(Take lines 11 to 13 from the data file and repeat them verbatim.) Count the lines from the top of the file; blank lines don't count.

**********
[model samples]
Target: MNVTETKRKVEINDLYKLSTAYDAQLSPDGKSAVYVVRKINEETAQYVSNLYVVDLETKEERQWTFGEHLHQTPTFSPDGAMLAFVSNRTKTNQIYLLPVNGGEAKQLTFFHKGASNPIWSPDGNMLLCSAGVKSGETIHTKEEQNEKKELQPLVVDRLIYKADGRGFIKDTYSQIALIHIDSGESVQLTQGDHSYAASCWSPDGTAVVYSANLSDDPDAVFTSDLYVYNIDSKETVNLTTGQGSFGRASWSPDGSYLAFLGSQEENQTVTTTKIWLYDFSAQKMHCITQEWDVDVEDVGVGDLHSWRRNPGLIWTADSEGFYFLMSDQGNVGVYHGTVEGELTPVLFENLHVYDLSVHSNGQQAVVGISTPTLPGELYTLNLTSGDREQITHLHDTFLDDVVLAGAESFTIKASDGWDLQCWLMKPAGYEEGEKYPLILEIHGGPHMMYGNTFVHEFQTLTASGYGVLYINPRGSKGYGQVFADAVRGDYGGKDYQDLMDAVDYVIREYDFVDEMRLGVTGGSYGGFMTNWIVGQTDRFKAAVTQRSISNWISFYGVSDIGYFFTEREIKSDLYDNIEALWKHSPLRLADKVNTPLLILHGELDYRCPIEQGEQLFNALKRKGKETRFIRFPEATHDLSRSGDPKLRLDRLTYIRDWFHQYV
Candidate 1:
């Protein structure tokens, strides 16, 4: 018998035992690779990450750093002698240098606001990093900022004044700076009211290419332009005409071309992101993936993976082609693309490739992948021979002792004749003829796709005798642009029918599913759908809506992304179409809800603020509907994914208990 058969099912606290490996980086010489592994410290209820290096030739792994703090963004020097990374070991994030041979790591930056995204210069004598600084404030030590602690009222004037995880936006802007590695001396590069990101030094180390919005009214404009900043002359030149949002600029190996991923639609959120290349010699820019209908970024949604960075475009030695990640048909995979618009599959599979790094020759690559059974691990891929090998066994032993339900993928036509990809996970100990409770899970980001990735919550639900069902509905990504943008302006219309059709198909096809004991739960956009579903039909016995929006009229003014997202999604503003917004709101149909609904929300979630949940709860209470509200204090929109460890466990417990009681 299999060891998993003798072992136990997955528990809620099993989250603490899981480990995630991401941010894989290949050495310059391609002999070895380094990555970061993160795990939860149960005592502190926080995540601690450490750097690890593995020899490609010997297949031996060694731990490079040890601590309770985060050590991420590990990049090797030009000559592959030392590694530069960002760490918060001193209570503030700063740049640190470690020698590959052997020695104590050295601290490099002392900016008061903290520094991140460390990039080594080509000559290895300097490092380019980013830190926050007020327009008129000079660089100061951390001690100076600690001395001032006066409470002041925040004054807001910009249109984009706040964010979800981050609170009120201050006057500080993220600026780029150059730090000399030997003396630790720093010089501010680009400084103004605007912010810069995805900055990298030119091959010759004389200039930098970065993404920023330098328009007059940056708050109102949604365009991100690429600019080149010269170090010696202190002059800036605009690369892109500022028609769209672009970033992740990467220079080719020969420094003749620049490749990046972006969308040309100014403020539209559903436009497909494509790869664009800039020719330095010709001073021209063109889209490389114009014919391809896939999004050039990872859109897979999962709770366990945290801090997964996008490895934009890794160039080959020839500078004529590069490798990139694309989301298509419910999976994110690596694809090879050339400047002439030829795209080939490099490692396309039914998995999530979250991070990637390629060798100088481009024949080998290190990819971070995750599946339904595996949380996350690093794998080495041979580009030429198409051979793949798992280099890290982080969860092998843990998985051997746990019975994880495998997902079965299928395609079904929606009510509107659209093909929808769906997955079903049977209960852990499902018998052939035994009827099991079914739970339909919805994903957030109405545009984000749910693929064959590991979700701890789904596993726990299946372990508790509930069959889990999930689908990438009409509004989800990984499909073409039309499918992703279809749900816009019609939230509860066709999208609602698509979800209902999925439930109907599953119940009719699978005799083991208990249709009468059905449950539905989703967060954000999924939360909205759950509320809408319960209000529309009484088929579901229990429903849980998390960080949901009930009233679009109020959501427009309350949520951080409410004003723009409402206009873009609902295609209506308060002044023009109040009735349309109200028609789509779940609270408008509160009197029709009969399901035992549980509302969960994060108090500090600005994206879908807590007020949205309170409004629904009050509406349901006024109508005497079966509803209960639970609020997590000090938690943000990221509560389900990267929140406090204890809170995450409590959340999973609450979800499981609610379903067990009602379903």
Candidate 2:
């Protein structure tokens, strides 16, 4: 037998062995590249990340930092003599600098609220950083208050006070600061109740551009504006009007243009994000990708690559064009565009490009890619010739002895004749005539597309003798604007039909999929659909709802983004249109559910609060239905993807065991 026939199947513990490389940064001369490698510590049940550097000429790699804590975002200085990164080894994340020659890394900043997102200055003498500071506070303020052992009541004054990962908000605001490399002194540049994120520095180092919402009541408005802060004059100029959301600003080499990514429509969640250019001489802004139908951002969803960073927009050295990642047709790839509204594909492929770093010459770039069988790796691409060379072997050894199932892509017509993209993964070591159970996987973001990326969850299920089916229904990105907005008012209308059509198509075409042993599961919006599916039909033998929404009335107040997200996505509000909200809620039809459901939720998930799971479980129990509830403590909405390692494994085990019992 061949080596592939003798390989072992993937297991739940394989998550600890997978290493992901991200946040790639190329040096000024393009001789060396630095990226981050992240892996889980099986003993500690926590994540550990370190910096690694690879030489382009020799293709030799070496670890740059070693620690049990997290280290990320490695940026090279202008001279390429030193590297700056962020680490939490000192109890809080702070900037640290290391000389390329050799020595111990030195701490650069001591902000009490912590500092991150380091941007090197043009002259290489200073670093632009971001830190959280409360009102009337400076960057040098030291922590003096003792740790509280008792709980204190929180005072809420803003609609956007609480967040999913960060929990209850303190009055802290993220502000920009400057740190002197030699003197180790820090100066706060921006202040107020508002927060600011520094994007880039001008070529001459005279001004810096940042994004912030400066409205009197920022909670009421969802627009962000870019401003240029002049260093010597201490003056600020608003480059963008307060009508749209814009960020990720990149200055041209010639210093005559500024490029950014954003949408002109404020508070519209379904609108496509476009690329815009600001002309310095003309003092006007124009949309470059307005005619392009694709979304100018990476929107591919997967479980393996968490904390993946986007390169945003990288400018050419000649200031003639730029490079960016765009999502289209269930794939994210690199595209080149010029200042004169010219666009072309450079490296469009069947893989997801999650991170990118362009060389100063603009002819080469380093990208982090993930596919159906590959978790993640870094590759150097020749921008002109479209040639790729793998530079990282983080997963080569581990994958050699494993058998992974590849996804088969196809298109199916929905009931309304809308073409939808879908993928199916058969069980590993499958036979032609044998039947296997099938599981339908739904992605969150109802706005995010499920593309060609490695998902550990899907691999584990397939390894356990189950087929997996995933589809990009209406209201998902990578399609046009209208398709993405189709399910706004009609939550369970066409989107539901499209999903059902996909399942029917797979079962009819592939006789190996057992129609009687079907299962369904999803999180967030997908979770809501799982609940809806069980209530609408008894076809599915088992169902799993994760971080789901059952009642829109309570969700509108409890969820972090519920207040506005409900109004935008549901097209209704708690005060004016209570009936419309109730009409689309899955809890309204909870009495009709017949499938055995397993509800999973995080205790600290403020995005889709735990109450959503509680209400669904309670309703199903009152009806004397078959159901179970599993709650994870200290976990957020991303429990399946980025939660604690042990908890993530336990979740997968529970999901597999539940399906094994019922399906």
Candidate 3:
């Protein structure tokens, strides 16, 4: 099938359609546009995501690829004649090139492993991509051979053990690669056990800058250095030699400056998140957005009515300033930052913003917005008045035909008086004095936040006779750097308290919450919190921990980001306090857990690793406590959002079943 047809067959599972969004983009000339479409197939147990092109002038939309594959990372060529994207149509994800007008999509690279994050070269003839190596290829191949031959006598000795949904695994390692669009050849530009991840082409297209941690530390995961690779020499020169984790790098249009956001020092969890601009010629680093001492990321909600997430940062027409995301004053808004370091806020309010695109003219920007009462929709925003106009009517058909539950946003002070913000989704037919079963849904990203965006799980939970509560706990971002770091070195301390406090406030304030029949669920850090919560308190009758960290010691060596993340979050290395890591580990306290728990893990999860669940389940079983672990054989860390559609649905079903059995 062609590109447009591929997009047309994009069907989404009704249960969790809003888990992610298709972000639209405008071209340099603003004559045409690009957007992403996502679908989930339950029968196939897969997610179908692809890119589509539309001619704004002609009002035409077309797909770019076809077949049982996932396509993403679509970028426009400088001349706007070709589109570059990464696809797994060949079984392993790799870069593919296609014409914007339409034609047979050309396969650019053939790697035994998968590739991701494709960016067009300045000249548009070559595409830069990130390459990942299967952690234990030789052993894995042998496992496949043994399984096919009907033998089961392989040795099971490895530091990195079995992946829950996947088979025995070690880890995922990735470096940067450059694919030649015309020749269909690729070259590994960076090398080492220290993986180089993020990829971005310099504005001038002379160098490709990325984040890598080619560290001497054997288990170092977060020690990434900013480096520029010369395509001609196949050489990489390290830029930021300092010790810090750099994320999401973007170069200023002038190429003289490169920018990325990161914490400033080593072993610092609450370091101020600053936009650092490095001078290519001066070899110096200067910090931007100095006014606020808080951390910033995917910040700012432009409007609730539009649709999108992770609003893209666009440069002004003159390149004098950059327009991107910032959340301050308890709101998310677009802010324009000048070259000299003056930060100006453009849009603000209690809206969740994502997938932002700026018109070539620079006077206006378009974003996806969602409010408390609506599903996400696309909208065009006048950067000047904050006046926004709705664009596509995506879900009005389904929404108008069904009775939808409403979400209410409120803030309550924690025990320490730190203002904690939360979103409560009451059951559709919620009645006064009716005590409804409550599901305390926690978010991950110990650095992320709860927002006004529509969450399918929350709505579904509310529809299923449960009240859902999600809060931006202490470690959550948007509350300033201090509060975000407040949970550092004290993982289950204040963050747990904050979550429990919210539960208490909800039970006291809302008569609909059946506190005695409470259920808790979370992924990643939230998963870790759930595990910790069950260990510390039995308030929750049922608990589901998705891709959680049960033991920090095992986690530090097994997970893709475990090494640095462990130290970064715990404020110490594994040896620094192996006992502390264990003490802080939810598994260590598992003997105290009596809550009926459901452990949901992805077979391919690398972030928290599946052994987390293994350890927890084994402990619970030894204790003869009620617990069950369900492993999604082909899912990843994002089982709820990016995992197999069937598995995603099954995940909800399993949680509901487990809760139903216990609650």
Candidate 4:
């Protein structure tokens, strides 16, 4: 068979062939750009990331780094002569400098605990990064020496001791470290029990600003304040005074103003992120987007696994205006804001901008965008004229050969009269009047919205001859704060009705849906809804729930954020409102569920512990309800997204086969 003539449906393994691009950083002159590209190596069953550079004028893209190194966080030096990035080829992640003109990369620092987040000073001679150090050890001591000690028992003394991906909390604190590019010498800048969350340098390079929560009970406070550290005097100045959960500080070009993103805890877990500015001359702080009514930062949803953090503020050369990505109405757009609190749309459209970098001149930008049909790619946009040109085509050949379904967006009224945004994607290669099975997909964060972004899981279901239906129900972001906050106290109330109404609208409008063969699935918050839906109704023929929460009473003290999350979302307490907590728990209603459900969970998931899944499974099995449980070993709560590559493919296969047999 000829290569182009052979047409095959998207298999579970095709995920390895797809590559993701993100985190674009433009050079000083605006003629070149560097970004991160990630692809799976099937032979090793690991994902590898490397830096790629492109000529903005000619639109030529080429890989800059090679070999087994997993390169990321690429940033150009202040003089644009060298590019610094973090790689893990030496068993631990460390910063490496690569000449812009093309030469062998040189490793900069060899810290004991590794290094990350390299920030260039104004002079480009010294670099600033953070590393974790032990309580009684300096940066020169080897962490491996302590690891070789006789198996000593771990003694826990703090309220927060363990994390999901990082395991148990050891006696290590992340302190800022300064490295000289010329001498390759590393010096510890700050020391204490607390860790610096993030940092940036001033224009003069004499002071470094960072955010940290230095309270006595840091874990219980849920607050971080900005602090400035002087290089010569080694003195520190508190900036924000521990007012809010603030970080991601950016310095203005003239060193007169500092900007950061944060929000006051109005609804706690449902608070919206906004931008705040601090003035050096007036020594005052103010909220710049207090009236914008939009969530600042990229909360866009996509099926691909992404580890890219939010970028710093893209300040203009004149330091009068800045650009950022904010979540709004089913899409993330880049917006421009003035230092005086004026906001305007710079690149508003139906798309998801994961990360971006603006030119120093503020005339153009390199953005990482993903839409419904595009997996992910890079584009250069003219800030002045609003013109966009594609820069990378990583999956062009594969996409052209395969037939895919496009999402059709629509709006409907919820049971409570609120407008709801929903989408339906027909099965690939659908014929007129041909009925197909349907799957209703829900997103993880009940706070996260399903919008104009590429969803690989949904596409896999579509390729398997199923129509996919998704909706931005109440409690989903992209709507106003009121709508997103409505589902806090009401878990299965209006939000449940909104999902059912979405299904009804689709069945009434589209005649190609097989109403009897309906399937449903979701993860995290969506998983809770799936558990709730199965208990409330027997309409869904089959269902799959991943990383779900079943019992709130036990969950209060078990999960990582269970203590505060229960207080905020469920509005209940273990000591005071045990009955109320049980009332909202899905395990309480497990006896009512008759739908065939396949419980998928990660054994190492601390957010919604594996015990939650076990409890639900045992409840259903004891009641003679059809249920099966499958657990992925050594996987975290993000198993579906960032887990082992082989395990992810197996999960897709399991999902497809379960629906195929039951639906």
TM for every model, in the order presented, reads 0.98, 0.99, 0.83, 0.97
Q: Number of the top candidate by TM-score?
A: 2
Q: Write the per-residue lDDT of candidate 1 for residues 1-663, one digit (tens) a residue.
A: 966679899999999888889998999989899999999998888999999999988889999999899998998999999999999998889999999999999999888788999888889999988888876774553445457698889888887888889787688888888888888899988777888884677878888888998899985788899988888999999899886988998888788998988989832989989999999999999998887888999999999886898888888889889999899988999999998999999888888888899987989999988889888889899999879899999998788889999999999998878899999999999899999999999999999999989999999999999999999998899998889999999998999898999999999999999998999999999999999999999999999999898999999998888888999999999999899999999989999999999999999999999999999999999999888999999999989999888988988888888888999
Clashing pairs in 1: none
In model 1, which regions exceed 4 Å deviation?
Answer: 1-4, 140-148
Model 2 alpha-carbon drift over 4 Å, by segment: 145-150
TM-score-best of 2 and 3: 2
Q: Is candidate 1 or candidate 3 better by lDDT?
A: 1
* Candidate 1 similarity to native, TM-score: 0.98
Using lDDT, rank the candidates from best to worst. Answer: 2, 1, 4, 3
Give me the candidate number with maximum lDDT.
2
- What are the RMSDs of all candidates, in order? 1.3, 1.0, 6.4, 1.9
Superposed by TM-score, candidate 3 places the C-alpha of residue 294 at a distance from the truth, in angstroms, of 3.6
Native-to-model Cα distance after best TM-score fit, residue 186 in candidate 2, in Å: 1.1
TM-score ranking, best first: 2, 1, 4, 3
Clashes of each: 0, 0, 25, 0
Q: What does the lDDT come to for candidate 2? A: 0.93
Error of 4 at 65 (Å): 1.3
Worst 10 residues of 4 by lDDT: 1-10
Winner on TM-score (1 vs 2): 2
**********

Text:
TM for every model, in the order presented, reads 0.98, 0.99, 0.83, 0.97
Q: Number of the top candidate by TM-score?
A: 2